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Gre. A husband! A devil.
Gre. I say, a devil. Think’st thou, Hortensio, though her father be very rich, any man is so very a fool to be married to hell ?
Hor. Tush, Gremio, though it pass your patience and mine, to endure her loud alarums, why, man, there be good fellows in the world, an a man could light on them, would take her with all faults, and money enough.
Gre. I cannot tell ; but I had as lief take her dowry with this condition, - to be whipped at the high-cross every morning.
Hor. ?Faith, as you say, there's small choice in rotten apples. But come; since this bar in law makes us friends, it shall be so far forth friendly maintained, till by helping Baptista's eldest daughter to a husband, we set his youngest free for a husband, and then have to't afresh. — Sweet Bianca! - Happy man be his dole! He that runs fastest, gets the ring. How say you, seignior Gremio ?
Gre. I am agreed; and 'would I had given him the best horse in Padua to begin his wooing, that would thoroughly woo her, wed her, and bed her, and rid the house of her. Come on.
[Exeunt GREMIO and HORTENSIO. Tra. [Advancing.] I pray, sir, tell me,—Is it possible That love should of a sudden take such hold ?
Luc. O Tranio, till I found it to be true,
Tra. Master, it is no time to chide you now;
Luc. Gramercies, lad; go forward: this contents;
Tra. Master, you looked so longly on the maid, Perhaps you marked not what's the pith of all.
Luc. O yes, I saw sweet beauty in her face, Such as the daughter of Agenor had,
That made great Jove to humble him to her hand,
Tra. Saw you no more? Marked you not how her sister
Luc. Tranio, I saw her coral lips to move,
Tra. Nay, then, 'tis time to stir him from his trance.
Luc. Ah, Tranio, what a cruel father's he!
Tra. Ay, marry, am I, sir; and now 'tis plotted.
Master, for my hand,
Luc. Tell me thing first.
You will be schoolmaster,
It is. May it be done?
Luc. Basta ; content thee, for I have it full.
Tra. So had you need. They exchange habits. In brief then, sir, sith it your pleasure is,
And I am tied to be obedient,
Luc. Tranio, be so, because Lucentio loves;
you? Master, has my fellow Tranio stolen your clothes ? Or you stolen his? or both? Pray what's the news?
Luc. Sirrah, come hither; 'tis no time to jest,
I, sir, ne'er a whit.
Bion. The better for him. 'Would I were so too!
Tra. So would I, faith, boy, to have the next wish after, That Lucentio indeed had Baptista's youngest daughter. But, sirrah,—not for my sake, but your master's—I advise You use your manners discreetly in all kind of companies. When I am alone, why then I am Tranio; But in all places else, your master Lucentio.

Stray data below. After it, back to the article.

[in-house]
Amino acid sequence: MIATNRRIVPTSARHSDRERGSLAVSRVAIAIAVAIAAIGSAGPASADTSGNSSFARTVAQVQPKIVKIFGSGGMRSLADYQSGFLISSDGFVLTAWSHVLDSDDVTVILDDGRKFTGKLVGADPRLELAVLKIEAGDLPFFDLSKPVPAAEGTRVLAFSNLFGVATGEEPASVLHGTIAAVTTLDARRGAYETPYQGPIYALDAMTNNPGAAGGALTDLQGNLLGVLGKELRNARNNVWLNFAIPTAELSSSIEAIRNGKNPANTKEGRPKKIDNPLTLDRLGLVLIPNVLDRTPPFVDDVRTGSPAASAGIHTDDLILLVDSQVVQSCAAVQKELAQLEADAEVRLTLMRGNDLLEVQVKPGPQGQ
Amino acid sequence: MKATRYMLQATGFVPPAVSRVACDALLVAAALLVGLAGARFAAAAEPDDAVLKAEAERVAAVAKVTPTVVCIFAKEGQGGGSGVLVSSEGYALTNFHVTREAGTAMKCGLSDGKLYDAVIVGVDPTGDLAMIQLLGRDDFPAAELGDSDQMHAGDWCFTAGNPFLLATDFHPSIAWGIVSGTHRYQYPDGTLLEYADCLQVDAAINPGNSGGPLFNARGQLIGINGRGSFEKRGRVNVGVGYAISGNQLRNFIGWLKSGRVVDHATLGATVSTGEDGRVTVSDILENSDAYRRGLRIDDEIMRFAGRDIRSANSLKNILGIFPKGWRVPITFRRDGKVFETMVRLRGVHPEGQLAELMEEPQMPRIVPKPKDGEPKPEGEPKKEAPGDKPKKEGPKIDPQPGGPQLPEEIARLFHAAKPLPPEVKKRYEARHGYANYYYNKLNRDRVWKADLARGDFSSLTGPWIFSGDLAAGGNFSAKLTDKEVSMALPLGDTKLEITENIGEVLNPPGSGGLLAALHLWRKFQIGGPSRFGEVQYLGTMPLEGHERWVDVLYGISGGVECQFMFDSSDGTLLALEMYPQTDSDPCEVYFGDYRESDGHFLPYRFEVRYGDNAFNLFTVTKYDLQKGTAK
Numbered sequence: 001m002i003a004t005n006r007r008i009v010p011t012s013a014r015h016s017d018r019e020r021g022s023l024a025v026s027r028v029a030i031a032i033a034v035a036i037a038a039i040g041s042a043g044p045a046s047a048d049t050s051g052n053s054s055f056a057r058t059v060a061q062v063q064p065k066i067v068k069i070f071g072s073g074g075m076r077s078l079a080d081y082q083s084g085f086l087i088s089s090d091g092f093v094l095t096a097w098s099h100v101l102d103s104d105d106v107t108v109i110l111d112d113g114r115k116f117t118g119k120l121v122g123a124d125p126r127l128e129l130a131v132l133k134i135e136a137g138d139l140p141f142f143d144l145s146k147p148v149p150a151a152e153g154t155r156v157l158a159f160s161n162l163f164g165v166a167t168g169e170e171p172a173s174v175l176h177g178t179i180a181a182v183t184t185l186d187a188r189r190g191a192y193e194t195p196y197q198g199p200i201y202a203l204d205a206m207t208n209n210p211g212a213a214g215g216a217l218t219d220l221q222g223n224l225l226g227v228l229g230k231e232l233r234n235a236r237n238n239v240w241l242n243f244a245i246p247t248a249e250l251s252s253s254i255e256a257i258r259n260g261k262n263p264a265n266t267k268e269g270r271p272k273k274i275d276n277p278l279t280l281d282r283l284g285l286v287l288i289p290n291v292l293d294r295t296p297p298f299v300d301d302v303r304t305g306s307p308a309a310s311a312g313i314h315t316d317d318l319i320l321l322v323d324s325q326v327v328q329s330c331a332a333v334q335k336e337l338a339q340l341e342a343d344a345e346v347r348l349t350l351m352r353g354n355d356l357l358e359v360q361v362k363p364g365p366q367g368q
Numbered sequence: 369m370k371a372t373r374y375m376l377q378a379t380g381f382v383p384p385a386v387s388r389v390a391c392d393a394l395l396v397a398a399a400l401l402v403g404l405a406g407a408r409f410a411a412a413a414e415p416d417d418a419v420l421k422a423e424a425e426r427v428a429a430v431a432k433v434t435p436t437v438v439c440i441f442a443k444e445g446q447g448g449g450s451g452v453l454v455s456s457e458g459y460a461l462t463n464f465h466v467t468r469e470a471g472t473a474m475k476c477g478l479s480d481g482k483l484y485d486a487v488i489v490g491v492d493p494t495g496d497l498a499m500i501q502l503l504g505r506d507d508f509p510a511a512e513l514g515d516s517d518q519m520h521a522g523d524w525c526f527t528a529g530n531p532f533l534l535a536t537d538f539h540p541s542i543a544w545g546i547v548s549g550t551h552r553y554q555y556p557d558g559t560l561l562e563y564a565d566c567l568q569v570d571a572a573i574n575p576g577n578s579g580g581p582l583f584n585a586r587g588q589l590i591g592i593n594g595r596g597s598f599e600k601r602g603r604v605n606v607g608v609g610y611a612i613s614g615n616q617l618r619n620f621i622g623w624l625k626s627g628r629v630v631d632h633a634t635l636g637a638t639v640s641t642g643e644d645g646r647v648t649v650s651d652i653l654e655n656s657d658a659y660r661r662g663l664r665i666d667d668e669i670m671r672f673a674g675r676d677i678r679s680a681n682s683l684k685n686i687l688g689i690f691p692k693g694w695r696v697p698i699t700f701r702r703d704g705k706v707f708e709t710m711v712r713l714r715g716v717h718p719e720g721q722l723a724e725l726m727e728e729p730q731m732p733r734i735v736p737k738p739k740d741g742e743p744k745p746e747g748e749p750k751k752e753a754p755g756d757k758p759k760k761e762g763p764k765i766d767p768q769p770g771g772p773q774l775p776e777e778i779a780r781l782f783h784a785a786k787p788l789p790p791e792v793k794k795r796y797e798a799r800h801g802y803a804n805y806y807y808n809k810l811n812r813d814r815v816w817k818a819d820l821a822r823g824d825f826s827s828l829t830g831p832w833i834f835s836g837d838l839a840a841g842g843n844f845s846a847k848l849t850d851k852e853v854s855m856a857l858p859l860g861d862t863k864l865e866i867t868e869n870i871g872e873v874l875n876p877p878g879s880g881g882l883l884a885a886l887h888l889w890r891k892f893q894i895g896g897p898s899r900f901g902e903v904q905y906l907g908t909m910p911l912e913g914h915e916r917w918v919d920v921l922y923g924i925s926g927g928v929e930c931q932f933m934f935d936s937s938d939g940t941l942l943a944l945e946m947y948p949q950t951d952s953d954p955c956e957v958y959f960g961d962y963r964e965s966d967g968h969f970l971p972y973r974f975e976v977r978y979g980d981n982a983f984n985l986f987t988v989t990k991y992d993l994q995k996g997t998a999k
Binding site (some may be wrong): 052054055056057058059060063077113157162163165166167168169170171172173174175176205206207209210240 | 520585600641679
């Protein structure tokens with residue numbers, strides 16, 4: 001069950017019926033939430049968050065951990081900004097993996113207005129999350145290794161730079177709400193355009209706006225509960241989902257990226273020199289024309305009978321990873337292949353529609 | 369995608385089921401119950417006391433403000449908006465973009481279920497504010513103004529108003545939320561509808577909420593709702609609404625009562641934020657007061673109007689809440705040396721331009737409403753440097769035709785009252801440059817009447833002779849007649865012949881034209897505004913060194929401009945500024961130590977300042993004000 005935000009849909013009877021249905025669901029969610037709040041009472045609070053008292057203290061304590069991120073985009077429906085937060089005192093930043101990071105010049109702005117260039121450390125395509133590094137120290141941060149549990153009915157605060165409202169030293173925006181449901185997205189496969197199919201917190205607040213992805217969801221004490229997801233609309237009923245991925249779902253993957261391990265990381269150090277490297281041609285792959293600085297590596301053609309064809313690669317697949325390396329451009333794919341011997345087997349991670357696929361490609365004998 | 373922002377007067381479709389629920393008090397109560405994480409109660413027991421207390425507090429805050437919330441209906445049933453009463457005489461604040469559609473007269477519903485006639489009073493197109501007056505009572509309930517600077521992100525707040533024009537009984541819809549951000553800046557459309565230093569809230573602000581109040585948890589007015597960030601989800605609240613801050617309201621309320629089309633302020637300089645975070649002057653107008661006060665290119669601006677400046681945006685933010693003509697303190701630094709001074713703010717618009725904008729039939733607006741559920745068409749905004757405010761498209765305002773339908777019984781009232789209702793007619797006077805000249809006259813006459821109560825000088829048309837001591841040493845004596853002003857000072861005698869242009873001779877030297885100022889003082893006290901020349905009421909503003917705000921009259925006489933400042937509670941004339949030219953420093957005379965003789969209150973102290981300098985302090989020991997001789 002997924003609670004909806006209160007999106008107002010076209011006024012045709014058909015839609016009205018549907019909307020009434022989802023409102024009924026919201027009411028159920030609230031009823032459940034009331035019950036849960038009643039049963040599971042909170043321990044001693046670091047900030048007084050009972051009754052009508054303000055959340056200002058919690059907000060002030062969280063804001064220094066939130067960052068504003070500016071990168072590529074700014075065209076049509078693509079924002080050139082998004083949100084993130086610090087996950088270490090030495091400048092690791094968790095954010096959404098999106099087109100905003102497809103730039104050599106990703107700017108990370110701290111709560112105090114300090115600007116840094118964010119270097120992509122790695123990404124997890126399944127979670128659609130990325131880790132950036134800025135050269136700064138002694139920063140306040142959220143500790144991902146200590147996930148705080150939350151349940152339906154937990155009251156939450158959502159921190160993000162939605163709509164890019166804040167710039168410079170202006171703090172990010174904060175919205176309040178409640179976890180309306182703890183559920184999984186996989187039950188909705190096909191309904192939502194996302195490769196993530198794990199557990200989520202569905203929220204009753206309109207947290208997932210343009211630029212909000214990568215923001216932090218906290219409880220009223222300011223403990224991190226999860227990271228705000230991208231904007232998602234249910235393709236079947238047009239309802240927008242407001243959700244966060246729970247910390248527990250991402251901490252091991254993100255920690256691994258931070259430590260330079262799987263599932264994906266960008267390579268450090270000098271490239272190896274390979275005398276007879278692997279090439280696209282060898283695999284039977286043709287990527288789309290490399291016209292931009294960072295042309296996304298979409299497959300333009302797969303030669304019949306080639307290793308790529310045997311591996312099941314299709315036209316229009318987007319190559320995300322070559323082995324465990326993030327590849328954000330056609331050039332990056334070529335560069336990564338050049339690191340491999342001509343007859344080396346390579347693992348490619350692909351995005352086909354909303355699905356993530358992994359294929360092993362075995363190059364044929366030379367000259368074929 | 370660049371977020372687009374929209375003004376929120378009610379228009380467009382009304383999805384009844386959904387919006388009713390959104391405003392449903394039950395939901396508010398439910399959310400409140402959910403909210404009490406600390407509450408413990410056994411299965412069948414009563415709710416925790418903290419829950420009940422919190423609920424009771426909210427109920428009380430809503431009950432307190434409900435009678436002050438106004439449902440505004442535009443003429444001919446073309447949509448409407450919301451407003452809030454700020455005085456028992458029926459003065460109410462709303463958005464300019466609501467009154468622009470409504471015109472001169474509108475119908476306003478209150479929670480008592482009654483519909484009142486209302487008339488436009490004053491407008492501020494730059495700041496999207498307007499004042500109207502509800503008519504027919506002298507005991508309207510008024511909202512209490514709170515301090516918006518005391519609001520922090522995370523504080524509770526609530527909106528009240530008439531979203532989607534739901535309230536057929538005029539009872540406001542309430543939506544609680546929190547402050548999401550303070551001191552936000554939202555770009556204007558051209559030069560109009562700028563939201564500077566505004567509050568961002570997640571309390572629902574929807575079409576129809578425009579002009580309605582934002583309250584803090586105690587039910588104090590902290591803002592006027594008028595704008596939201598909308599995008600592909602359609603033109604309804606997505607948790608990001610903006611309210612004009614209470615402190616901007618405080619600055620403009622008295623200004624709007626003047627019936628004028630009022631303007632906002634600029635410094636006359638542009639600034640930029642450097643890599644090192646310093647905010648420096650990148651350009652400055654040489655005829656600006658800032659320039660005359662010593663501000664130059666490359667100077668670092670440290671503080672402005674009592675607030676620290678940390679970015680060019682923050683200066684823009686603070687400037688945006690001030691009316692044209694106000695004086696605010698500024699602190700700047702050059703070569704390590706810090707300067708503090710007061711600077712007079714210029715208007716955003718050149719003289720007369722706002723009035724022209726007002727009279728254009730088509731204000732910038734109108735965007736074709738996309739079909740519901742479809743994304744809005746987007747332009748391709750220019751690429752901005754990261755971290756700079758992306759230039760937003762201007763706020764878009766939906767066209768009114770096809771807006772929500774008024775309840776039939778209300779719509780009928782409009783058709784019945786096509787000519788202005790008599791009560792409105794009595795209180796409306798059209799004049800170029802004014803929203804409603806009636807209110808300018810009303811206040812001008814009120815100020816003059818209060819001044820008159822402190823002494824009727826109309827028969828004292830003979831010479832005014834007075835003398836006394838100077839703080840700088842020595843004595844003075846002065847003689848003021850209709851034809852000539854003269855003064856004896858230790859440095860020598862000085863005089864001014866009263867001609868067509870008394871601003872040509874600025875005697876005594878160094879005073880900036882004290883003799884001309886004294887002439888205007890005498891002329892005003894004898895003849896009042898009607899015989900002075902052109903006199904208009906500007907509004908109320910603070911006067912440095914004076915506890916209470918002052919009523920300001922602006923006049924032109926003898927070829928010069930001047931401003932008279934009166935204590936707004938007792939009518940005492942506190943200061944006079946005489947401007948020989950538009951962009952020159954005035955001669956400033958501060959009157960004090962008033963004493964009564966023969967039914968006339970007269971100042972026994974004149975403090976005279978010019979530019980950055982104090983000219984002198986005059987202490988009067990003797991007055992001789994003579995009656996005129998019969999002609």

Luc. Tranio, let's go.One thing more rests, that thyself execute ;To make one among these wooers. If thou ask me why, Sufficeth, my reasons are both good and weighty.
(Exeunt. 1 Serv. My lord, you nod; you do not mind the play.
Sly. Yes, by Saint Anne, do I. A good matter, surely. Comes there any more of it? .
Page. My lord, 'tis but begun.
Sly. 'Tis a very excellent piece of work, madam lady. 'Would 'twere done!
SCENE II. The Same. Before Hortensio's House.
Enter PETRUCHIO and GRUMIO.
Gru. Knock, sir! Whom should I knock? Is there any man has rebused your worship?
Pet. Villain, I say, knock me here soundly. i Gru. Knock you here, sir? Why, sir, what am I, sir, that I should knock you here, sir?"
Pet. Villain, I say, knock me at this gate, And rap me well, or I'll knock your knave's pate. Gru. My master is grown quarrelsome. I should knock
you first, And then I know after who comes by the worst.
Pet. Will it not be? 'Faith, sirrah, an you'll not knock, I'll wring it; I'll try how you can sol, fa, and sing it.
[He wrings GRUMIO by the ears. Gru. Help, masters, help! My master is mad. • Pet. Now, knock when I bid you; sirrah! villain !
Enter HORTENSIO. Hor. How now? what's the matter?- My old friend Grumio, and my good friend Petruchio!-How do you all at Verona!
Pet. Seignior Hortensio, come you to part the fray? Con tutto il core bene trovato, may I say.
Hor. Alla nostra casa bene venuto,
Gru. Nay, it is no matter what he leges in Latin. If this be not a lawful cause for me to leave his service,-Look you, sir, he bid me knock him, and rap him soundly, sir. Well, was it fit for a servant to use his master so; being, perhaps, (for aught I see,) two and thirty,-a pip out? Whom, 'would to God, I had well knocked at first; Then had not Grumio come by the worst.
Pet. A senseless villain ! -Good Hortensio,
I bade the rascal knock upon your gate,
Gru. Knock at the gate? -0 Heavens!
Pet. Sirrah, be gone, or talk not, I advise you.
Hor. Petruchio, patience; I am Grumio's pledge.
Pet. Such wind as scatters young men through the world,
Hor. Petruchio, shall I then come roundly to thee, And wish thee to a shrewd ill-favored wife ? Thou’dst thank me but a little for my counsel; And yet I'll promise thee she shall be rich, And very rich. — But thou'rt too much my friend, And I'll not wish thee to her.
Pet. Seignior Hortensio, 'twixt such friends as we, Few words suffice; and, therefore, if thou know One rich enough to be Petruchio's wife, (As wealth is burden of my wooing dance,) Be she as foul as was Florentius' love, ". As old as Sibyl, and as curst and shrewd As Socrates' Xantippe, or a worse, She moves me not, or not removes, at least, Affection's edge in me; were she as rough As are the swelling Adriatic seas. I come to wive it wealthily in Padua; a If wealthily, then happily in Padua.
Gru. Nay, look you, sir, he tells you flatly what his mind is. Why, give him gold enough, and marry him to a puppet, or an aglet-baby; or an old trot with ne'er a tooth in her head, though she have as many diseases as two-and-fifty horses: why, nothing comes amiss, so money comes withal.
Hor. Petruchio, since we have stepped thus far in, I will continue that I broached in jest. :